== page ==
Nurse Practitioners begin with a Bachelor of Science in Nursing and earn a Master’s of Science in Nursing or a Doctor of Nursing Practice. For those who are interested in working in the medical field, but who are not sure about committing to the path to becoming a physician, advanced practice nursing is an option worth considering. APNPs can provide a wide range of primary and specialty care. Some of the fields in demand for nurse practitioners include family care, neonatal care, pediatrics, and psychiatric mental health. 


Advanced nurse practitioners are being hired in healthcare settings for being able to provide quality healthcare at a lower cost to patients. Because of this, the need for APNPs will continue to grow and so will their compensation!


What High School Students Should Do To Prepare for a Career in Nursing


Get started on the path to your nursing career in high school. A diploma is required for all positions except for the nursing assistant position which requires training that can be taken in high school. Regardless of where you want to be in your career, doing well in your core classes, taking advanced placement courses, especially in math and science, is important. It shows that you are willing to put in the work to be successful and that you have the analytical thinking skills to excel in the nursing field. If you are interested in getting a Bachelor of Science in Nursing, you will also want to do well on the SAT/ACT.


Begin exploring the levels of nursing degrees and compiling a list of schools


Check out our free college admissions chancing calculator to learn how to increase your chances of getting admitted to your preferred colleges. Talk with nurses you know personally and learn about their career path. Get to know as much as you can about the profession overall. Registered Nurses and Advanced Practice Nurse Practitioners can specialize in a wide variety of areas and medical settings. A few examples include emergency nursing, intensive care, surgical nursing, and women’s health.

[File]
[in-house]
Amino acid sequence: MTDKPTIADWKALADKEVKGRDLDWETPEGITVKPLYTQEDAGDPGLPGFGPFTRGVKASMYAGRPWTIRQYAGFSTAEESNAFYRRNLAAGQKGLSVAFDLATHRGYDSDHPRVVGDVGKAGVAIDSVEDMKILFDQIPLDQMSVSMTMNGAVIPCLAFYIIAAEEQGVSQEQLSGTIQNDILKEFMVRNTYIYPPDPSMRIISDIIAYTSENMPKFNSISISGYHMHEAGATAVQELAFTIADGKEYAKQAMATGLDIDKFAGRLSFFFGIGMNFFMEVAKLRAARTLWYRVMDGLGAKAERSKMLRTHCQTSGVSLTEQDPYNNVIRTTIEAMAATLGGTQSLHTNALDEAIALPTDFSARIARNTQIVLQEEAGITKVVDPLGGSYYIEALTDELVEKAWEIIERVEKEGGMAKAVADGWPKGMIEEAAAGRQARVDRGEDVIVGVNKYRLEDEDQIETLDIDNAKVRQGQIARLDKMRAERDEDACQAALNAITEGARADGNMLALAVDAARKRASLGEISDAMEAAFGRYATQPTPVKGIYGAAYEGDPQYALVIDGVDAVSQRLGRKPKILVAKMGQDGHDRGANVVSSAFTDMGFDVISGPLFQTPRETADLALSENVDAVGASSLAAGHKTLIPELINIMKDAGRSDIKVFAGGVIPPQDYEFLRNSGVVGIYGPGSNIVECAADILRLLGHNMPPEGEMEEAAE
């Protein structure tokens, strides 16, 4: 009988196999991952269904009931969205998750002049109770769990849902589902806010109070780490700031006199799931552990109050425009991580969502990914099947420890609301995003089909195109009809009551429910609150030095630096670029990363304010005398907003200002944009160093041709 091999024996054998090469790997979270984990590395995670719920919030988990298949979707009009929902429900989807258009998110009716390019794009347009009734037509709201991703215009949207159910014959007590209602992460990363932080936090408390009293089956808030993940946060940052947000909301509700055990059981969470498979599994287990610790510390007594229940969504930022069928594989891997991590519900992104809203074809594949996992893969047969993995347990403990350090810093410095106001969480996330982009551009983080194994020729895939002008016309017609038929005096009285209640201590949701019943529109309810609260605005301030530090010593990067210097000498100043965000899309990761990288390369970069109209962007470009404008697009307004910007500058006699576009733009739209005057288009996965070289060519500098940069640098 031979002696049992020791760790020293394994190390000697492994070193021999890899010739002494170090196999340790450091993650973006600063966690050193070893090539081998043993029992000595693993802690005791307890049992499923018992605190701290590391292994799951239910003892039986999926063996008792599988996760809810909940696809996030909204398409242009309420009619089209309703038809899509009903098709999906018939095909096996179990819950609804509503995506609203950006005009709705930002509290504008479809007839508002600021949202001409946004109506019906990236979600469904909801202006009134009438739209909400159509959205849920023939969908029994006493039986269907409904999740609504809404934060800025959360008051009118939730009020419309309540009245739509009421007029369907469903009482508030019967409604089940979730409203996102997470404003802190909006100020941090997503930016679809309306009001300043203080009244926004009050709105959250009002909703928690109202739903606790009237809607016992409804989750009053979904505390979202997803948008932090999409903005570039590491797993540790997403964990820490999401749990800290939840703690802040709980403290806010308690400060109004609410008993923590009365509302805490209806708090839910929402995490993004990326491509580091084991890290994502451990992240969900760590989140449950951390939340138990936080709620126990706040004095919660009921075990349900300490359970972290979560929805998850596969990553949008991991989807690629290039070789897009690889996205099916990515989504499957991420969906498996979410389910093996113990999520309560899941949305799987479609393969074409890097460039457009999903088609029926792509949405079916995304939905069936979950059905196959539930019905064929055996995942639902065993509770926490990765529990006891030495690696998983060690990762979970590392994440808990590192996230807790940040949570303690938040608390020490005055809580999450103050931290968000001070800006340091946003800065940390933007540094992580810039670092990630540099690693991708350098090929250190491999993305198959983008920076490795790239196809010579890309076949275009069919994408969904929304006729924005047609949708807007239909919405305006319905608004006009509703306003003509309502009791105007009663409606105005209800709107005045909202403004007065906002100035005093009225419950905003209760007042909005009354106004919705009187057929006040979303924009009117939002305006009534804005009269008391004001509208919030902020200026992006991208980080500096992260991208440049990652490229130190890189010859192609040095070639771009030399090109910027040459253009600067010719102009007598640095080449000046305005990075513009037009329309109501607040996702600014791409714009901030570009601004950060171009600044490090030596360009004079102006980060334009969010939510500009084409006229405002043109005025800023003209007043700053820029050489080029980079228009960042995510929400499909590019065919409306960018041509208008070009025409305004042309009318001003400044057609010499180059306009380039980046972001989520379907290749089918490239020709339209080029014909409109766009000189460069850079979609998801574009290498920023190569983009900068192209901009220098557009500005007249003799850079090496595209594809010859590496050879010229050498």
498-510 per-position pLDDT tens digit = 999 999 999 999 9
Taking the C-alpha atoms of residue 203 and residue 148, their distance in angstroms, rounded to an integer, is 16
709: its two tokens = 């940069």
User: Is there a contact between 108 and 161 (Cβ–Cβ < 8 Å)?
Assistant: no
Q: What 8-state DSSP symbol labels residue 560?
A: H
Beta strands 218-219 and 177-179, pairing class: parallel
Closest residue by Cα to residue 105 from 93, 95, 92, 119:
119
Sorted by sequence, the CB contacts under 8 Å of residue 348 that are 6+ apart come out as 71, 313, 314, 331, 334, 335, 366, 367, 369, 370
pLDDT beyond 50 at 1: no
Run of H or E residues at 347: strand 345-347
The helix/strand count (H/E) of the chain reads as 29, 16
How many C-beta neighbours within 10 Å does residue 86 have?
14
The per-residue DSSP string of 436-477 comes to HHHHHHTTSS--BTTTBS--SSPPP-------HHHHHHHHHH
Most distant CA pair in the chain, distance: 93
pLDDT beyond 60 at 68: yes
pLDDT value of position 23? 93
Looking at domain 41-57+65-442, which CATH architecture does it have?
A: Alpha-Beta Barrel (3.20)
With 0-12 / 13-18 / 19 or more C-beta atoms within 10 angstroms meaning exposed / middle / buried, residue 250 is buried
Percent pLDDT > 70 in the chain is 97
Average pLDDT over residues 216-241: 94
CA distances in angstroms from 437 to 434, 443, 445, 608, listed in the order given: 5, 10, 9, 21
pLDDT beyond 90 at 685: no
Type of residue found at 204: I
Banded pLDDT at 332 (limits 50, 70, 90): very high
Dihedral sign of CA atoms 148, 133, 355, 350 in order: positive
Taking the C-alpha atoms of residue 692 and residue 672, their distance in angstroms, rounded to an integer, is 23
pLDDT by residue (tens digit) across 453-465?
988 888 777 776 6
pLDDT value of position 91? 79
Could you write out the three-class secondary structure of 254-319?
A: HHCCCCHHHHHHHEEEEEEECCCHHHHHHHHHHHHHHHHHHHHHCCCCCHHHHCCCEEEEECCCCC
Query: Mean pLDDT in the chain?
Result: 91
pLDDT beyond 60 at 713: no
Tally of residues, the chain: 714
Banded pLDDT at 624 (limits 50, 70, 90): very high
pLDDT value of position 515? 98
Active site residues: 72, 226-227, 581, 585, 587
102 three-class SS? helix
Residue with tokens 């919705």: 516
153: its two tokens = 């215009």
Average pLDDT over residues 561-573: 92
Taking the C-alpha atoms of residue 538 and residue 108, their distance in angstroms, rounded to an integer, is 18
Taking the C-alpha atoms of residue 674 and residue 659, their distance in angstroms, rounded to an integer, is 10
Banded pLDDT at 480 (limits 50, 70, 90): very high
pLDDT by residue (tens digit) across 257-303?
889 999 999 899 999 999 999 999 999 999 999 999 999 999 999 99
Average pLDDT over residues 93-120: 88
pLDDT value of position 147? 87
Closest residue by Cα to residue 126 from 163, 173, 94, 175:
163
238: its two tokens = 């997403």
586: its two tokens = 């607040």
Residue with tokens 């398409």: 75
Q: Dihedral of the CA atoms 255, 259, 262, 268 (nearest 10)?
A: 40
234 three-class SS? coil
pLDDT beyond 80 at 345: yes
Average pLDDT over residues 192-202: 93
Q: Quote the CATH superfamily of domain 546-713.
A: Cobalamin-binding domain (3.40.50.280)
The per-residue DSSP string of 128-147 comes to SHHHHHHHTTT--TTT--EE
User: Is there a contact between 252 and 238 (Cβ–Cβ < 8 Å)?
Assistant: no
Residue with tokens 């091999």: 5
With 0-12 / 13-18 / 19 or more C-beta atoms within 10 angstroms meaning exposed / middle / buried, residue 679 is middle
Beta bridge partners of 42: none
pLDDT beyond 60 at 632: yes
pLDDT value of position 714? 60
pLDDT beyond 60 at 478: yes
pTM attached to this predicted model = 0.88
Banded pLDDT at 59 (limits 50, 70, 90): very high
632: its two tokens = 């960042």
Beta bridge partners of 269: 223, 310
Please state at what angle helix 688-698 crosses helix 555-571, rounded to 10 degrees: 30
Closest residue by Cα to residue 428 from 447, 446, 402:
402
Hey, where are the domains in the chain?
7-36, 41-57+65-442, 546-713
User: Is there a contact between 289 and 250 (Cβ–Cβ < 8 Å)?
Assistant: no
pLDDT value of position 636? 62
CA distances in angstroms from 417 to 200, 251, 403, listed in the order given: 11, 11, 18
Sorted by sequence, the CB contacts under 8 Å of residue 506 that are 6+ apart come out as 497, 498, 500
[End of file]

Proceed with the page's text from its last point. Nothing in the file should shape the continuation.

Take math and science courses


Include STEM courses such as anatomy, biology, and chemistry, calculus or statistics, in your high school schedule. Take challenging AP courses in these subjects and others like psychology. Doing well in these subjects shows admission professionals that you are prepared to be successful. If your school does not offer advanced courses in these subjects, show some initiative and look for free resources online or courses through a local community college!


Join clubs or groups for students who are interested in medical careers 


Check out medical internships you can do as a high school student to learn more about the field of healthcare. Many hospitals and healthcare facilities have explorer-type programs for high school students that provide information about careers in medicine. See if there is such a program offered in your area and get involved!


Consider becoming a Certified Nursing Assistant


In some states, you can do this as early as age 16 and work part-time gaining hands-on experience in the field of nursing. The pathway from CNA to Registered Nurse is a popular choice for many and has several benefits. 


High school is the time to begin thinking about careers and continuing education. Learn more about nursing schools and explore the schools you are most interested in. 


At any level, nurses and nursing assistants are in high demand with many employment opportunities and chances to advance. It’s an excellent career option for those who are interested in caring for people of all ages. The field of nursing is incredibly accessible and open to a variety of pathways to a long and successful career. 

Want access to expert college guidance — for free? When you create your free CollegeVine account, you will find out your real admissions chances, build a best-fit school list, learn how to improve your profile, and get your questions answered by experts and peers—all for free. Sign up for your CollegeVine account today to get a boost on your college journey.


Short Bio
An alum of the University of Iowa, Laura majored in political science with a related field of psychology. She's worked in the non-profit sector throughout her career. She writes from her home in Iowa surrounded by cornfields and prairies.